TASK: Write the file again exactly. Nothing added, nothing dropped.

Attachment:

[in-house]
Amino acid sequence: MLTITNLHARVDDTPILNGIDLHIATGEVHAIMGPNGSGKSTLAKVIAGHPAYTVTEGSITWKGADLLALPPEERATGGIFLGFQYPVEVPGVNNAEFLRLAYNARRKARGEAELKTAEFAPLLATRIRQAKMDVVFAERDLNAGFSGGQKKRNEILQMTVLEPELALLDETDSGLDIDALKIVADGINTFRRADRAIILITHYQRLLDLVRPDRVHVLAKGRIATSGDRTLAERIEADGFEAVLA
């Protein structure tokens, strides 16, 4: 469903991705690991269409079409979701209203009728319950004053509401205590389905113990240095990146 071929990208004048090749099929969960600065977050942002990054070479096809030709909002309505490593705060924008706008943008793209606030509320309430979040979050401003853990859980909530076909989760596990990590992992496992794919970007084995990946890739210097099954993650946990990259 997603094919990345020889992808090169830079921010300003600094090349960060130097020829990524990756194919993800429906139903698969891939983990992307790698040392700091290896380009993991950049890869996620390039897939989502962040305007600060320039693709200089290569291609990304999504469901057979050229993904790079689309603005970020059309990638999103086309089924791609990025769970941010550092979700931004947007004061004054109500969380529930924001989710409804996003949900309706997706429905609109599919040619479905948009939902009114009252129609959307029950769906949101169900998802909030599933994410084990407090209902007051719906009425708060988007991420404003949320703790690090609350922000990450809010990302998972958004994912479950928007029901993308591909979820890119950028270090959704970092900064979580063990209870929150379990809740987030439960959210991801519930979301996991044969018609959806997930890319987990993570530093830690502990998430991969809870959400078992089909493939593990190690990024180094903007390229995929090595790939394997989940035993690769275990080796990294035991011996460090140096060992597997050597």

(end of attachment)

[in-house]
Amino acid sequence: MLTITNLHARVDDTPILNGIDLHIATGEVHAIMGPNGSGKSTLAKVIAGHPAYTVTEGSITWKGADLLALPPEERATGGIFLGFQYPVEVPGVNNAEFLRLAYNARRKARGEAELKTAEFAPLLATRIRQAKMDVVFAERDLNAGFSGGQKKRNEILQMTVLEPELALLDETDSGLDIDALKIVADGINTFRRADRAIILITHYQRLLDLVRPDRVHVLAKGRIATSGDRTLAERIEADGFEAVLA
């Protein structure tokens, strides 16, 4: 469903991705690991269409079409979701209203009728319950004053509401205590389905113990240095990146 071929990208004048090749099929969960600065977050942002990054070479096809030709909002309505490593705060924008706008943008793209606030509320309430979040979050401003853990859980909530076909989760596990990590992992496992794919970007084995990946890739210097099954993650946990990259 997603094919990345020889992808090169830079921010300003600094090349960060130097020829990524990756194919993800429906139903698969891939983990992307790698040392700091290896380009993991950049890869996620390039897939989502962040305007600060320039693709200089290569291609990304999504469901057979050229993904790079689309603005970020059309990638999103086309089924791609990025769970941010550092979700931004947007004061004054109500969380529930924001989710409804996003949900309706997706429905609109599919040619479905948009939902009114009252129609959307029950769906949101169900998802909030599933994410084990407090209902007051719906009425708060988007991420404003949320703790690090609350922000990450809010990302998972958004994912479950928007029901993308591909979820890119950028270090959704970092900064979580063990209870929150379990809740987030439960959210991801519930979301996991044969018609959806997930890319987990993570530093830690502990998430991969809870959400078992089909493939593990190690990024180094903007390229995929090595790939394997989940035993690769275990080796990294035991011996460090140096060992597997050597």